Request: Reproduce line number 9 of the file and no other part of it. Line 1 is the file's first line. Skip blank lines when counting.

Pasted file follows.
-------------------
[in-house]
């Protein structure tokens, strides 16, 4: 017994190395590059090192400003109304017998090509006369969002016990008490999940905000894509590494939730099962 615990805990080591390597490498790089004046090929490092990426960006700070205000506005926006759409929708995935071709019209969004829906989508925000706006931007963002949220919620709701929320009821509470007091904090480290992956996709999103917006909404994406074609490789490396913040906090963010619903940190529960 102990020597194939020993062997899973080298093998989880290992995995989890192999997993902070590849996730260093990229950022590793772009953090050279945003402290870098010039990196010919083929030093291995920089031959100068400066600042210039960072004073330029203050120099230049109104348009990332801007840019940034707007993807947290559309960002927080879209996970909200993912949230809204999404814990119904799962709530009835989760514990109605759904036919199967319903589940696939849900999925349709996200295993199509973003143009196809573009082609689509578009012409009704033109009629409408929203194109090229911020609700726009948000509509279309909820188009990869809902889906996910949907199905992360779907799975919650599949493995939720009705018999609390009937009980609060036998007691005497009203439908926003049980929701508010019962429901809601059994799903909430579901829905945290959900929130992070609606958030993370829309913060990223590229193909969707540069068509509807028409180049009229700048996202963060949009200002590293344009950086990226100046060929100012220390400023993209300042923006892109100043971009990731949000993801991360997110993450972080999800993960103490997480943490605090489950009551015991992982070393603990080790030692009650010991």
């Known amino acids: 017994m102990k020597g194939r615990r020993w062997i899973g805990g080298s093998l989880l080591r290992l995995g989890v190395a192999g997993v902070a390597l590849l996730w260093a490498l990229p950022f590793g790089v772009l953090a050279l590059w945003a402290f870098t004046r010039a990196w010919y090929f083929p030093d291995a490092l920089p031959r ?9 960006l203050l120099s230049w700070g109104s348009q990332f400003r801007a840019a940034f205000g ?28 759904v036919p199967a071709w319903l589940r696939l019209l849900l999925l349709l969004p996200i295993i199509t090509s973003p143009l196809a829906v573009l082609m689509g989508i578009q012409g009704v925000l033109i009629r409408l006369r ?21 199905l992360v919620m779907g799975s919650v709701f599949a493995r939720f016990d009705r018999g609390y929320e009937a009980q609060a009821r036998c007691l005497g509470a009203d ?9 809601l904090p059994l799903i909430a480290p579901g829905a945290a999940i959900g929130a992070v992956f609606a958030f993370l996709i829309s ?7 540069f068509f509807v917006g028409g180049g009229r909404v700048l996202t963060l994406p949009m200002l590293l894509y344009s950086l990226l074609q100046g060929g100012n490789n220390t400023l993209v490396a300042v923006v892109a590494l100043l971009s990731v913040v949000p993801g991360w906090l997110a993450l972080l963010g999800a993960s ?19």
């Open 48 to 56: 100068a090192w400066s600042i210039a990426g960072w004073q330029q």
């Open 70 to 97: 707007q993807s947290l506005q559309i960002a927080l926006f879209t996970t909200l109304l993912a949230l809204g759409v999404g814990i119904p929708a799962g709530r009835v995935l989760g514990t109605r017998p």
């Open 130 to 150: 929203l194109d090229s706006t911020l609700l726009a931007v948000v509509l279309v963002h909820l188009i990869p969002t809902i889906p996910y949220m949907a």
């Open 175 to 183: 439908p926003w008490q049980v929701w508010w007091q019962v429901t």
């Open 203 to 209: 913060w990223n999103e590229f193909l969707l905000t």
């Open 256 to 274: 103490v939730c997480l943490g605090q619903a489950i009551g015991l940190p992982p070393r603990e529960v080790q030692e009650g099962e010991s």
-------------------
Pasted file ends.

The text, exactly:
């Open 256 to 274: 103490v939730c997480l943490g605090q619903a489950i009551g015991l940190p992982p070393r603990e529960v080790q030692e009650g099962e010991s």